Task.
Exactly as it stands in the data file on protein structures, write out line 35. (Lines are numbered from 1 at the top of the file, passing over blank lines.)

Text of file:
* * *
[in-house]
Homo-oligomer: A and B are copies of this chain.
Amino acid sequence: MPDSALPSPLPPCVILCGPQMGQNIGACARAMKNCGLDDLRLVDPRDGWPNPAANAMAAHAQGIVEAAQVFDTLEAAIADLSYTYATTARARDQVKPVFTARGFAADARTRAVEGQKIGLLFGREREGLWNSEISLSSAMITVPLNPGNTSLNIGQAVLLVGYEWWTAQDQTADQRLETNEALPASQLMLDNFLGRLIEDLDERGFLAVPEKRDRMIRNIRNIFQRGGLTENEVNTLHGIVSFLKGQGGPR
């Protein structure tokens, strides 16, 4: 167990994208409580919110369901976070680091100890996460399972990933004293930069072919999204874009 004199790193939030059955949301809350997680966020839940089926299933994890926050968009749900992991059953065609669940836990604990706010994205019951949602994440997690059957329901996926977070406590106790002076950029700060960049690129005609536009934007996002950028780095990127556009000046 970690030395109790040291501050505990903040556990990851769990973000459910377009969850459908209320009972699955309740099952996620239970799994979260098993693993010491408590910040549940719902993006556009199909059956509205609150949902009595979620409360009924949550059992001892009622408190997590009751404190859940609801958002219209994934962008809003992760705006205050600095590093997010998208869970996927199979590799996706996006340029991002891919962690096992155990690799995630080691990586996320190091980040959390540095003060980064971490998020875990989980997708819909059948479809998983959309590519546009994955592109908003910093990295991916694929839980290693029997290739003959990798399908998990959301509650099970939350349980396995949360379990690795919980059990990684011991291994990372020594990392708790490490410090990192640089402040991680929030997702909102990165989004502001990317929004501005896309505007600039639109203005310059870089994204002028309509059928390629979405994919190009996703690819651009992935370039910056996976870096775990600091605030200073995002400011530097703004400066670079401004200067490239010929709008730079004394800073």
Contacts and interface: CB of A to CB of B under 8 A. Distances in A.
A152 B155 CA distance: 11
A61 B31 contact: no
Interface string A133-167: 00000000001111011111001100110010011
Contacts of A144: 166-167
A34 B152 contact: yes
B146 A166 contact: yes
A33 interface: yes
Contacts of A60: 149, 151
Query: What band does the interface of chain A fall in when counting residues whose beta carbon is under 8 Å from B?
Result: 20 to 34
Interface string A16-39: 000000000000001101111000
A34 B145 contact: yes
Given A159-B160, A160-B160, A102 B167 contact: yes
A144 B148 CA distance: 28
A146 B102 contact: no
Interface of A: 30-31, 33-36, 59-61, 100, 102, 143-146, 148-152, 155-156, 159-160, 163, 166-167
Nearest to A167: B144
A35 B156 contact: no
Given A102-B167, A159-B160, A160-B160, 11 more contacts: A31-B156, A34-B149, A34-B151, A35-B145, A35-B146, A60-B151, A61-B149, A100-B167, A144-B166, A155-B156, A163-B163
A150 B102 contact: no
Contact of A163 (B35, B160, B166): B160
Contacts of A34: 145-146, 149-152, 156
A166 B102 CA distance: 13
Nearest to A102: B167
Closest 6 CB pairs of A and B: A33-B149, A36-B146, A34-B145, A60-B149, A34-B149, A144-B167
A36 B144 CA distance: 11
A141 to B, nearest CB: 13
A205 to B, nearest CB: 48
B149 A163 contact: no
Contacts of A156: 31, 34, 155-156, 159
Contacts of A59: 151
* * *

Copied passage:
Contacts of A156: 31, 34, 155-156, 159